Thus we could feel that we inhabit another person who is far away from us – long-distance friendship that you might consider to be either very personal, or objectionably intrusive. We could also take sensory ownership of an avatar for multiplayer online games. Or we could inhabit a physical robot that could travel, participate in meetings, and even carry out a long-distance romance. We may not be quite ready for physical intimacy-at-a-distance, but some companies are already hoping to benefit from a large market in “teledildonics” and robotic sex.
Besides long-distance communication, improved telepresence can enhance teleoperation of robotic vehicles, especially those that need to function in inaccessible environments such as deep underwater, inside nuclear reactors and other hazardous facilities, and in search and rescue. If the operator can convincingly inhabit the vehicle, more reliable control and better performance can be expected. Pre-publication alert: the next Evan Olsson mystery Death By Arbitrage (to be published in fall 2015) includes a dramatization of the benefits and the hazards of robotic immersion.
The Ethics of Being Invisible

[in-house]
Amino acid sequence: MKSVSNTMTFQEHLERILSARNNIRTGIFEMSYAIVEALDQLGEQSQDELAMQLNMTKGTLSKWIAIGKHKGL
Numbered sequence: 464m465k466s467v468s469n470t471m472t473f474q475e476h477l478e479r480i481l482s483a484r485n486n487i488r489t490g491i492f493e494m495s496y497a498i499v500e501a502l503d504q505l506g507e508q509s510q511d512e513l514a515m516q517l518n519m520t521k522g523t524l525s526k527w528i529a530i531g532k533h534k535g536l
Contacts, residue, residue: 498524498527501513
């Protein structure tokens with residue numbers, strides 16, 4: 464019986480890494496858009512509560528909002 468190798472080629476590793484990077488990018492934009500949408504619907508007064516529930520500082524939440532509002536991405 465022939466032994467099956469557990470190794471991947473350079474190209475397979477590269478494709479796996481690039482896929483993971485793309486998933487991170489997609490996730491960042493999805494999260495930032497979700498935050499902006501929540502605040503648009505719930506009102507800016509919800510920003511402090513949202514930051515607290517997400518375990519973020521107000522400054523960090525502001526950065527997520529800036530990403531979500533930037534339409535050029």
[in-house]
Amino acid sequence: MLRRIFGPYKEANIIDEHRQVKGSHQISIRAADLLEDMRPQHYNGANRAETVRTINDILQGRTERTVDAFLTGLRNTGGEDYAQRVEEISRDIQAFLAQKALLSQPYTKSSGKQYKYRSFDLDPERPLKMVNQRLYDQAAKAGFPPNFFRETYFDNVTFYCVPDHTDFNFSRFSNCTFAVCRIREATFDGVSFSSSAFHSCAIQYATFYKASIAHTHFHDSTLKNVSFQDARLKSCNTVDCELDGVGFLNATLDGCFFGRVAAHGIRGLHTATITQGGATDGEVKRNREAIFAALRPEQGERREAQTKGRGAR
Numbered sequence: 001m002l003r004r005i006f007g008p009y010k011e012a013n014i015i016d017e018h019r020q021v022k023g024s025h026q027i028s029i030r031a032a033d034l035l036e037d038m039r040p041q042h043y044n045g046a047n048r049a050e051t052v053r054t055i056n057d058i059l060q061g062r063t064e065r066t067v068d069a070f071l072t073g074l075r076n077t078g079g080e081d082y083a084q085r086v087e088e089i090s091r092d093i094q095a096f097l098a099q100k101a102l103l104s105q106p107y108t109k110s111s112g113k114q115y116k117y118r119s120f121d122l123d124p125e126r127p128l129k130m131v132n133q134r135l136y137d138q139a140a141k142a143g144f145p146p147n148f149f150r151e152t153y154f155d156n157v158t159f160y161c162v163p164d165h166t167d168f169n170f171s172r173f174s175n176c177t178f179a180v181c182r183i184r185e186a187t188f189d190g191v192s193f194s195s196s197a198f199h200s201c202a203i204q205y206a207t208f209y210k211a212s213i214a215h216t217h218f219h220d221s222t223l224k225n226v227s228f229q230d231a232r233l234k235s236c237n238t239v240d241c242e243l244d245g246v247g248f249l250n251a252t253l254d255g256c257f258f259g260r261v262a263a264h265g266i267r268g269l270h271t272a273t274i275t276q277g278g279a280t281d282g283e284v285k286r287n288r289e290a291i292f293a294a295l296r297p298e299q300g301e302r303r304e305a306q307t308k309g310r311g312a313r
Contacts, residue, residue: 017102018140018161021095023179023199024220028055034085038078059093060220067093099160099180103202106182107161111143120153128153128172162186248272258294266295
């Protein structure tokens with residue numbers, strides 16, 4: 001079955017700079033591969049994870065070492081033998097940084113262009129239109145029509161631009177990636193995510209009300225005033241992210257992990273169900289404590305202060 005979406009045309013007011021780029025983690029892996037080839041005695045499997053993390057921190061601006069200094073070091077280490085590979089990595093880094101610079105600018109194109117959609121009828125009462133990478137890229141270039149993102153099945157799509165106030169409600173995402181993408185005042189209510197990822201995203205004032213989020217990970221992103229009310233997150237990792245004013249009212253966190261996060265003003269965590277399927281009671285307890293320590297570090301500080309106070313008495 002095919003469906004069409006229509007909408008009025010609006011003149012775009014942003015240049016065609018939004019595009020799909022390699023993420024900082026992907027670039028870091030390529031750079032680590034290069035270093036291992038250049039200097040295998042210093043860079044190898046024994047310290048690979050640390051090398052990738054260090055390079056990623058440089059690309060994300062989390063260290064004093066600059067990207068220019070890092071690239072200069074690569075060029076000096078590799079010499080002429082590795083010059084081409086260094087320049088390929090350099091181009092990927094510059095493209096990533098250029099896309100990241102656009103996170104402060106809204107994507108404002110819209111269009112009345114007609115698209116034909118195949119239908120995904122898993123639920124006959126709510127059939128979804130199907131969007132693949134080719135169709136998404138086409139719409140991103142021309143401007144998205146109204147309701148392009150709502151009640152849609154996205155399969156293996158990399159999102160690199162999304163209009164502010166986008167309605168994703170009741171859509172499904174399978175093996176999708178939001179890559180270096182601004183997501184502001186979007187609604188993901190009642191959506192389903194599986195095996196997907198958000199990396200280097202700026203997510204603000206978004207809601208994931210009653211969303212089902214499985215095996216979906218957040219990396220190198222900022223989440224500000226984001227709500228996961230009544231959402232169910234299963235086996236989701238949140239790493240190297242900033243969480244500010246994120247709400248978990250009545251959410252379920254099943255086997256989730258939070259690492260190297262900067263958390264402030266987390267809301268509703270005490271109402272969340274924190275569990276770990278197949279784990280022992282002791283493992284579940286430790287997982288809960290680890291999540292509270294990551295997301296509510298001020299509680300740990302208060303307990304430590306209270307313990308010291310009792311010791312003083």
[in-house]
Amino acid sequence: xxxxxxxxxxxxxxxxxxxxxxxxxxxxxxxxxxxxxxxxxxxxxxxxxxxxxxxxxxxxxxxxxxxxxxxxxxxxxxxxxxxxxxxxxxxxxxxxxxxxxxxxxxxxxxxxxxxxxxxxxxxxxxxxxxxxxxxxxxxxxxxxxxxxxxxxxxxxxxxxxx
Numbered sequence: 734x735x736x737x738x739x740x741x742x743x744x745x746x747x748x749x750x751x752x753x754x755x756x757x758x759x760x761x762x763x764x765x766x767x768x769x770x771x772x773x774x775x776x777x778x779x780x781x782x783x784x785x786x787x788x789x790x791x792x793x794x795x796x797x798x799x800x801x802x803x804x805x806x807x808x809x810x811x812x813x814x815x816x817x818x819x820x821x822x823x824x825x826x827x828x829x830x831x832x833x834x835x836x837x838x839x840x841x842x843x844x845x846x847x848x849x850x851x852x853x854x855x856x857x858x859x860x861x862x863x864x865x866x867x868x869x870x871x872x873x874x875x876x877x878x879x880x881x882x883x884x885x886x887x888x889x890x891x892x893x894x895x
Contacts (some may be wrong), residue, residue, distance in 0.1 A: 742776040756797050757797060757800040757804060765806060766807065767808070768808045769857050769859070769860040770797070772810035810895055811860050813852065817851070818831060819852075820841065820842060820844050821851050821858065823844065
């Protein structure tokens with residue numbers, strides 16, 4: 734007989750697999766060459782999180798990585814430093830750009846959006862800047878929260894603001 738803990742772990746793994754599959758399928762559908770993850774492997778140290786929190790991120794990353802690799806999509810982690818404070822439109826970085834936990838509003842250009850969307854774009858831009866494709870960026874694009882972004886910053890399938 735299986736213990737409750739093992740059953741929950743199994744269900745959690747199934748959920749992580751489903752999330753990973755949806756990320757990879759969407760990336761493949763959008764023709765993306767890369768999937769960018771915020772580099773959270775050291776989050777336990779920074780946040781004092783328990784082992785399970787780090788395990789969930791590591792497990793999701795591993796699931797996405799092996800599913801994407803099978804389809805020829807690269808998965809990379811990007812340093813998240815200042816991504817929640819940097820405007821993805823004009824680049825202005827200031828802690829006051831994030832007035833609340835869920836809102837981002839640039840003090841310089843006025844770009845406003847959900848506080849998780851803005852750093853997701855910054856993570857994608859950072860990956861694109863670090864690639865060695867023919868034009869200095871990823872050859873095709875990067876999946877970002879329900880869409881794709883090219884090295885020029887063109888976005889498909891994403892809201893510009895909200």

The Swedish researchers also hope to explore how people handle ethical dilemmas when they feel as if they are invisible. They note that Plato addressed this problem twenty-five hundred years ago with his story of the magical Ring of Gyges, which could make its wearer invisible at will.
We will sidestep the solution to the ethical puzzle that Plato ascribes to Socrates and simply note that Ehrsson et al are concerned that advances in physical science may make true invisibility possible in the foreseeable future, therefore we should try to understand the ethical issues before we are confronted with them.
I personally feel that convincing, practical invisibility will not occur very soon. Nevertheless, we the citizens of Earth have managed to misuse technology far too often. Therefore, any attempt by the social sciences to get ahead of the advancement of technology is to be welcomed and commended.
Have you ever wished for, or had a dream about, being invisible? Do you wish to share it with other readers?
Image Credit: Adapted from “Modern Kitchen” and “Vendor,” from The Print Shop 2 Collection. Not for download or reuse.